Look Book Issue 3 | Be Well 20/20 | Steelcase Acoustics + Privacy


Several studies show how acoustic performance of the workplace environment can affect the wellness of its occupants.  I’m sure most of you have experienced the scenario where you were trying to focus, only to be distracted by hearing others in conversation; where you were wanting to have a private discussion and were worried that others could hear you; where you need a place for respite and rejuvenation and there is no where to go.  These cases are often cause for complaint and dissatisfaction, which in-turn hinder worker productivity and wellness.

“In a study of more than 23,000 workers, 43% believed noise has a negative impact on their work.” – The Center for the Built Environment

Recently we also find that there is an increased need for enclosed rooms to conduct virtual meetings.  And interesting enough, as many organizations accommodate social distancing with temporary reduced number of occupants at a give time, there may be situations when an open space may seem eerily too quiet.

A successful workplace environment provides choice and control for employees with an ecosystem of settings to perform their best work throughout the day.  This includes a balance of acoustic privacy and flexibility for future change. By providing a range of spaces that accommodate these settings, we enhance overall wellbeing of it occupants.

When considering design elements for architectural acoustics we first need to understand the three primary concepts for noise control and speech privacy (the ABC’s of acoustics):


The process of adding acoustically absorptive materials to a space.  Examples include acoustic ceiling tiles, acoustic wall panels, carpeting, etc.  One of the common units of measure for absorption is NRC (Noise Reduction Coefficient).


Blocking sound is the use of solid barriers to block the direct sound from one person or space to another.  Typical examples are walls, windows, doors, or any material that has an associated mass that can act as a barrier to sound.  The most common unit of measure for blocking sound is STC (Sound Transmission Class).


Cover aims to describe the background noise level in an environment.  One of the tools used to control background sound is sound masking. Sound masking is specifically engineered to overlap only with the frequencies of human speech creating greater speech privacy and productivity.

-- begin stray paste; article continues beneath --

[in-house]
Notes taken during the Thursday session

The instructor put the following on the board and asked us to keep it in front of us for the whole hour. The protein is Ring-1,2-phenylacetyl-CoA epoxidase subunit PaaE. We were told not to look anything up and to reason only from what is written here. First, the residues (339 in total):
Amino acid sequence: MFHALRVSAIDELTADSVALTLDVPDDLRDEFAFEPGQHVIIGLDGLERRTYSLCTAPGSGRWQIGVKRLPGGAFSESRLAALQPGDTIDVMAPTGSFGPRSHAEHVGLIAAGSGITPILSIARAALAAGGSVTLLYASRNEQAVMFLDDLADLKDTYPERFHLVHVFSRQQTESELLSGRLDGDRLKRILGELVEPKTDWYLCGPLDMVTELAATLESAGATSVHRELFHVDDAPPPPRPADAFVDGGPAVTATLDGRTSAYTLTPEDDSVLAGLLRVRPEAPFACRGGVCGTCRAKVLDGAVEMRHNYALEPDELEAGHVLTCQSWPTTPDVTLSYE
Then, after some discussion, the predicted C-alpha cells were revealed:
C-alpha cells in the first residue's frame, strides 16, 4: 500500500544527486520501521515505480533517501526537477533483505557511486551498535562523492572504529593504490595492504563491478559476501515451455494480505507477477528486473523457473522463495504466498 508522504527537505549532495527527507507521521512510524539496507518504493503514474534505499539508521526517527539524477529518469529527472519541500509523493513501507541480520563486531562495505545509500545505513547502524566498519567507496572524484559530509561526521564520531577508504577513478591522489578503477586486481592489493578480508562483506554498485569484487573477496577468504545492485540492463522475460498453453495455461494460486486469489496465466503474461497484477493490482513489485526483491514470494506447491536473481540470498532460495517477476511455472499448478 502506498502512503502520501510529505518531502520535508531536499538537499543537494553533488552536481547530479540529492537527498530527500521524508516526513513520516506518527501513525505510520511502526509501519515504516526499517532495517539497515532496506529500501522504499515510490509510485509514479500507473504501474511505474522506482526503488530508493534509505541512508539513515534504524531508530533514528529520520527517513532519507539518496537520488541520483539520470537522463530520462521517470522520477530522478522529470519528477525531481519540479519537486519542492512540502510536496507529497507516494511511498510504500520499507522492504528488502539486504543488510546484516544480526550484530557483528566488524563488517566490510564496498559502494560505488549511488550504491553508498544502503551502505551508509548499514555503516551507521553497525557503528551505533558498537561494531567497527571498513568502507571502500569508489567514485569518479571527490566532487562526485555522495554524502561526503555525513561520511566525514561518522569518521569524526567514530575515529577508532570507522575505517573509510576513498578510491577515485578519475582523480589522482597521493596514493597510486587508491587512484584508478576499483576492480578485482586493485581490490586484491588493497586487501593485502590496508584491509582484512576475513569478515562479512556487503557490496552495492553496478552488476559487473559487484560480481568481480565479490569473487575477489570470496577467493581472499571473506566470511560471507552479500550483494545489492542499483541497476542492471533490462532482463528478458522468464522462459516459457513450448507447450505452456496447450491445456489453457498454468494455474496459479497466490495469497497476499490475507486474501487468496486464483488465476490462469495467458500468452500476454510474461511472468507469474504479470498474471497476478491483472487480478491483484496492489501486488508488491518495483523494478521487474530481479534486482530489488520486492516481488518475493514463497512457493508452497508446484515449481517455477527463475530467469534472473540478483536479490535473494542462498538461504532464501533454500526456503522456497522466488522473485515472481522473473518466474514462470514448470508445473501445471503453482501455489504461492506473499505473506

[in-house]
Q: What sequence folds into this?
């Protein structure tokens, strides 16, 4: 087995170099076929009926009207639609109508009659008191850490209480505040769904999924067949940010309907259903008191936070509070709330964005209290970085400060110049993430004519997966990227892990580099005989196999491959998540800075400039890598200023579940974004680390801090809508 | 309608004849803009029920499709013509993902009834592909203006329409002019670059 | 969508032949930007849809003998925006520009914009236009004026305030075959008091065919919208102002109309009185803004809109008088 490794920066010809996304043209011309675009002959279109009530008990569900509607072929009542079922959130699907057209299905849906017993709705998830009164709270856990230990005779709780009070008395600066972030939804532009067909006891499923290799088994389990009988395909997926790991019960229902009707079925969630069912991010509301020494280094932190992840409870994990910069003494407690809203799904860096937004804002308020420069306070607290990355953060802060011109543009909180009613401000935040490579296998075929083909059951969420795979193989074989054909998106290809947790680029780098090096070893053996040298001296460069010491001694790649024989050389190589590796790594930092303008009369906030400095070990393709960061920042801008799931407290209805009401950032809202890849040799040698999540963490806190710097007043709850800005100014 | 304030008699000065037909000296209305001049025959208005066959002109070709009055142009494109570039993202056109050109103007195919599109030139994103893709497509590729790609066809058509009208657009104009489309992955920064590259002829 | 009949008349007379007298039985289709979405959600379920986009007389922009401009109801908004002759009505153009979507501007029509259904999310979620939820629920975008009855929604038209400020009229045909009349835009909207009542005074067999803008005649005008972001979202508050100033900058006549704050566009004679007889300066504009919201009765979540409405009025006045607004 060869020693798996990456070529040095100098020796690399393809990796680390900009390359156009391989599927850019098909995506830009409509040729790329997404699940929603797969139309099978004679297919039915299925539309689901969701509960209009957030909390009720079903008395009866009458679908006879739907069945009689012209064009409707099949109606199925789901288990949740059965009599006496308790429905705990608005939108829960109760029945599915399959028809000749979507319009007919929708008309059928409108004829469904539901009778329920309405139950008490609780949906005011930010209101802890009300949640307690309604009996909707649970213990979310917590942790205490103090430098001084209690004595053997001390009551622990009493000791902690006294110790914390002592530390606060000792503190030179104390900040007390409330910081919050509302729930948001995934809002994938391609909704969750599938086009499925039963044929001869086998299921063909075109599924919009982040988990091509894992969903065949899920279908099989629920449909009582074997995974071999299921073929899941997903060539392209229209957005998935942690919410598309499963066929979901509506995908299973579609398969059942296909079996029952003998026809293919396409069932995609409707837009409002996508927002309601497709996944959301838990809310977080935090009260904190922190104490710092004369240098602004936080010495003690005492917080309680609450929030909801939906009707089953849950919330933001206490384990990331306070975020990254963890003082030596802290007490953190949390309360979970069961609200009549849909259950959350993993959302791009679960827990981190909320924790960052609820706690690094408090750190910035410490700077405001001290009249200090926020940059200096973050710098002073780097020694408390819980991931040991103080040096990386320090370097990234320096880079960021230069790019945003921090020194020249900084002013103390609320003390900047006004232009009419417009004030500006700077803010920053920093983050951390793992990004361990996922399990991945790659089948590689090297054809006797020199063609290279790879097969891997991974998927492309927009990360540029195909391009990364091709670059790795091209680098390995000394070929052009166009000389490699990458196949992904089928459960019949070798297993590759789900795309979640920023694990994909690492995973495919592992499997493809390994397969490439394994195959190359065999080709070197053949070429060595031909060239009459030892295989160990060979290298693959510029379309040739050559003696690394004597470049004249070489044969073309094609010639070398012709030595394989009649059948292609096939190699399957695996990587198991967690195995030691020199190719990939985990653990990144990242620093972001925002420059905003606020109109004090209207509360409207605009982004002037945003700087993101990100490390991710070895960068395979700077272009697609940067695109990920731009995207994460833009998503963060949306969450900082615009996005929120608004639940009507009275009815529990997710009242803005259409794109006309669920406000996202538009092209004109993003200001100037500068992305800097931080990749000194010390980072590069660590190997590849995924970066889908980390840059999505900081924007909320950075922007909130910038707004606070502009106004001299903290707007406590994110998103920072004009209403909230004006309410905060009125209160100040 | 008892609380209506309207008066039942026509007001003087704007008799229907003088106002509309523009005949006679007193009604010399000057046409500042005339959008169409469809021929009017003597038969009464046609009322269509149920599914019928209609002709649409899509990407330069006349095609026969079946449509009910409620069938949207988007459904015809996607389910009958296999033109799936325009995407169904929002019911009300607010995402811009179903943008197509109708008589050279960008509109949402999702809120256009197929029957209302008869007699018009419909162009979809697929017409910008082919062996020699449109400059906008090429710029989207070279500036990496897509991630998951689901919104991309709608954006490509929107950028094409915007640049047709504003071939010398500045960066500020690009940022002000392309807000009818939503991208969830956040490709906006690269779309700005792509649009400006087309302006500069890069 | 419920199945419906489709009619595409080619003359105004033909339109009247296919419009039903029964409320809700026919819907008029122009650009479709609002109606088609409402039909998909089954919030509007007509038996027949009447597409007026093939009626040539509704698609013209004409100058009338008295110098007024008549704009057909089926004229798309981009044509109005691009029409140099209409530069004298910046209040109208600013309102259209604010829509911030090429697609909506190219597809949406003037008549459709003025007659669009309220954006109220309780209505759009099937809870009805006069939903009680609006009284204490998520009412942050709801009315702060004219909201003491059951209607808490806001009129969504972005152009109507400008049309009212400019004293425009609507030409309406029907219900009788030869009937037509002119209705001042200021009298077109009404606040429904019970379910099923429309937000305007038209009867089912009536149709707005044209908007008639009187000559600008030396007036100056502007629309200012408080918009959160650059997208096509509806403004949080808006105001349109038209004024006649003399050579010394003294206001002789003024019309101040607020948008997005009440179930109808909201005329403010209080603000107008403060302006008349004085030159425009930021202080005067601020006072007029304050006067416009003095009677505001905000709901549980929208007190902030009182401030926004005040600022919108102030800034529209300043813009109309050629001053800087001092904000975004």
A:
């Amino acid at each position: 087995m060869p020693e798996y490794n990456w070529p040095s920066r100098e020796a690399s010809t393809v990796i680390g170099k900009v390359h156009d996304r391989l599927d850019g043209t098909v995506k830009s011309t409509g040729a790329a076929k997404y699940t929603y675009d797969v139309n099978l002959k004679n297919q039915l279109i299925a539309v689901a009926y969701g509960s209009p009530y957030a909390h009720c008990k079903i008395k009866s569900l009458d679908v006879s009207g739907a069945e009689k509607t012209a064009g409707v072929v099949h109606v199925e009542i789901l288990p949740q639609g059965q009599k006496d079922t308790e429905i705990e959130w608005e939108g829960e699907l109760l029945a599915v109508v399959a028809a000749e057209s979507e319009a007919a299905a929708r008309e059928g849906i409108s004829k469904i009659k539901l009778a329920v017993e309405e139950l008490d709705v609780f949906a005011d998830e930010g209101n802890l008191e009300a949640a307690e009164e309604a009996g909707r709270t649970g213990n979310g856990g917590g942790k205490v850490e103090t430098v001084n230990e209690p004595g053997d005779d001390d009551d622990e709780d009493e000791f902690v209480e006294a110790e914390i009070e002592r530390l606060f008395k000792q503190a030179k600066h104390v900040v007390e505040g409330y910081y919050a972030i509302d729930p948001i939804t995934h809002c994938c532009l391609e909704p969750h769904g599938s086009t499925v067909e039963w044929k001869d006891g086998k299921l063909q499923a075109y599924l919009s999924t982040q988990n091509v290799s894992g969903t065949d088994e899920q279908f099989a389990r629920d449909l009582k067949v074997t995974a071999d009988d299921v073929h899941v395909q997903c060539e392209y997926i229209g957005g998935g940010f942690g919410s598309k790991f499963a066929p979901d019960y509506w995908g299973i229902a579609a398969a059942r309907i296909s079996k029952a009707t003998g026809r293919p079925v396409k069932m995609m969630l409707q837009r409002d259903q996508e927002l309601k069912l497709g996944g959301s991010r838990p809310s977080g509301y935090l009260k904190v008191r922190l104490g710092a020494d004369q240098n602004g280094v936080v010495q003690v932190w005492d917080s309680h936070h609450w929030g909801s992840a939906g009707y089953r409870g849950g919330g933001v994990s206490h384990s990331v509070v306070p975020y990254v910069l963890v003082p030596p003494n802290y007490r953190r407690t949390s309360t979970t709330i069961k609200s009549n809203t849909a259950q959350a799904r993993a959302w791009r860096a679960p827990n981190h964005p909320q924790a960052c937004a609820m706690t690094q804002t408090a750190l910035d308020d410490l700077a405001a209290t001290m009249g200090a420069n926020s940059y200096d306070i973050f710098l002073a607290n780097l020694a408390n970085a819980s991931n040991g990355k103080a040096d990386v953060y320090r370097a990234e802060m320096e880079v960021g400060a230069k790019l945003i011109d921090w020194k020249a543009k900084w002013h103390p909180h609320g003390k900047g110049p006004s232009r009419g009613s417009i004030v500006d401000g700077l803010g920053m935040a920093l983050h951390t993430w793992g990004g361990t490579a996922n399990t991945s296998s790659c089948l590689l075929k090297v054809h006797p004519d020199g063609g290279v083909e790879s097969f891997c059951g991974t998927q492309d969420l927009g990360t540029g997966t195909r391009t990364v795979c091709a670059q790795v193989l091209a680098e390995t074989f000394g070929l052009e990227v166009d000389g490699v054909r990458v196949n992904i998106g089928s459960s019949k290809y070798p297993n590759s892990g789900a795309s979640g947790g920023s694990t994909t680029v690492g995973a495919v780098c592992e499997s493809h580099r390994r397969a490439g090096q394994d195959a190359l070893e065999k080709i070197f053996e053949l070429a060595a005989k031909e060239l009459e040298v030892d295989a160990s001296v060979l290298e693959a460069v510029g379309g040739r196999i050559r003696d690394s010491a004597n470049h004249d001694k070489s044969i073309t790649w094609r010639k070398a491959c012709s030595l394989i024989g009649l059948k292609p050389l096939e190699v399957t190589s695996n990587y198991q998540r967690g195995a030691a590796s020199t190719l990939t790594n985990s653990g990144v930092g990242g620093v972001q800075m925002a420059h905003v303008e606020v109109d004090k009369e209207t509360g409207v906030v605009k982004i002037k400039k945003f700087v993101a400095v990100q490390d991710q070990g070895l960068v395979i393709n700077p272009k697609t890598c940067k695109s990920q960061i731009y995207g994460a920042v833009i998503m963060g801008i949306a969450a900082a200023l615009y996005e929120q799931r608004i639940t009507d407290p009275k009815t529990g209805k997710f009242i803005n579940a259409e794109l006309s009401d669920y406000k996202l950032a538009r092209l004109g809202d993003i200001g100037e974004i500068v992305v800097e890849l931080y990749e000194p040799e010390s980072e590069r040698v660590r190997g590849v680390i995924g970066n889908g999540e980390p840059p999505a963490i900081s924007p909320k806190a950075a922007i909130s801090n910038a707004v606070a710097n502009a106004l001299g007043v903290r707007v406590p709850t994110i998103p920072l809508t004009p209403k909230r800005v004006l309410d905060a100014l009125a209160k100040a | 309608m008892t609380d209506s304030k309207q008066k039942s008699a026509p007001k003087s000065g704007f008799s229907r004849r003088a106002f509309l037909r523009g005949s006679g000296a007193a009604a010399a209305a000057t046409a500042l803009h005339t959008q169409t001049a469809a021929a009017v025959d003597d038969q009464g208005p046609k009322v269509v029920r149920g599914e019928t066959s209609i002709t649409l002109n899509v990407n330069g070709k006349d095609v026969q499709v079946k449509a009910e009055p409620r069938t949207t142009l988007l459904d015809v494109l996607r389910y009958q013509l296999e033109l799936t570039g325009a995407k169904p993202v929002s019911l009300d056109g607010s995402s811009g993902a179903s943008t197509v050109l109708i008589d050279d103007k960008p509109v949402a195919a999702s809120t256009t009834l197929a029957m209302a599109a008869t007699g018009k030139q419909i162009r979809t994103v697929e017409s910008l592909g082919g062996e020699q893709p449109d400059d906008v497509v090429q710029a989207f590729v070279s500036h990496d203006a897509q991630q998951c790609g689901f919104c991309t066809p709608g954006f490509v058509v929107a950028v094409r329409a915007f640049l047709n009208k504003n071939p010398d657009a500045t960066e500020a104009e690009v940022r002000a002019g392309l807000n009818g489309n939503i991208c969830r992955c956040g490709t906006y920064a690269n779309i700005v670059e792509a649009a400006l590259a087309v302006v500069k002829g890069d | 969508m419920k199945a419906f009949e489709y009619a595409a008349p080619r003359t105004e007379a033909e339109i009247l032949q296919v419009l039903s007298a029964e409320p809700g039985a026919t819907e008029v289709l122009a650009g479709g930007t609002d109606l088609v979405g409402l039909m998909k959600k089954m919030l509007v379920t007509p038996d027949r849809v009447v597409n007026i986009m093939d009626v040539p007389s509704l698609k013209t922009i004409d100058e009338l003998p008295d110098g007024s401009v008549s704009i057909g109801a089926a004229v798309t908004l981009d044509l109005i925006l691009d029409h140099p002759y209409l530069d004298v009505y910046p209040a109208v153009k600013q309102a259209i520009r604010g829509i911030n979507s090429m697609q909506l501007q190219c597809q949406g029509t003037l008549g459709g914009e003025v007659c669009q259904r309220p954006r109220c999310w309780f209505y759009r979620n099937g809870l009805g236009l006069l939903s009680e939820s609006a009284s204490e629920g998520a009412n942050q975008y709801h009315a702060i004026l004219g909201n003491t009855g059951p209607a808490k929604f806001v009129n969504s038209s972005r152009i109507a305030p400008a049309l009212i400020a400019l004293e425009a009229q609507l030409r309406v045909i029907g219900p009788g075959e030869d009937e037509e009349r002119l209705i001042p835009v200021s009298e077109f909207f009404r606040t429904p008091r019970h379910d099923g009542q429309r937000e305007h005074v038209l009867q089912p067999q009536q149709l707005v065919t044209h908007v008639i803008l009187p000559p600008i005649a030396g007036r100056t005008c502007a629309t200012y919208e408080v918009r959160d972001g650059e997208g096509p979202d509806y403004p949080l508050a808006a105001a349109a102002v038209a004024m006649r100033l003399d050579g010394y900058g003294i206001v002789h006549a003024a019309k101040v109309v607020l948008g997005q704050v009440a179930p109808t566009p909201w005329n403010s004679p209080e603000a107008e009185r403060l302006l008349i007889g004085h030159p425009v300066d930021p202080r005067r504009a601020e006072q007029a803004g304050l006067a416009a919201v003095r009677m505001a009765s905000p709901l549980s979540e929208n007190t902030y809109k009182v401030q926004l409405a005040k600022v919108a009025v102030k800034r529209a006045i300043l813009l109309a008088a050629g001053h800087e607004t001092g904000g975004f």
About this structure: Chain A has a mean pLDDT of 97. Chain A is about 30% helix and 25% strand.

With these design elements in mind, here are some Steelcase products that help reduce distractions while improving acoustics:



V.I.A. Modular walls have outstanding blocking characteristics which provide:

  • Superior acoustics (STC 52 for solid walls and 44 for double glazed walls)
  • Non-VOC double acoustic seals at every building interface
  • High performing skins
  • Drop seals at doors

VIA also has:

  • A large variety of finish options
  • Surface flexibility and modularity for future changes
  • Imbedded technology for virtual meetings

OrangeBox Air 3 pods have absorptive, blocking and Covering characteristics which provide:
  • An acoustic solution that is also extremely flexible
  • Glass panels that help block noise
  • Upholstered panels on 2 sides for absorption both inside and outside the pod
  • Patented louvered roof composed of absorptive material
  • A quiet air circulation fan for the pod provides just enough ambient sound to Cover outside noise, without being distracting
OrangeBox pods also have:
  • Quick installation/relocation in as little as 4 hours
  • Surface mounted technology for virtual meetings


QT Pro sound masking has covering characteristics that provide:

  • Enhanced acoustics between the open environment and enclosed spaces
  • Enhanced acoustics within the open environment, improving the signal-to-noise ratio

QT Pro also has:

  • Several fixture types, including pendant mount, and plenum rated recessed cans

Special thanks to Holly Black-Irvine for her contribution to our Be Well 20/20 Look Book!


Holly Black-Irvine, AIA, LEED AP

Architectural Solutions Consultant







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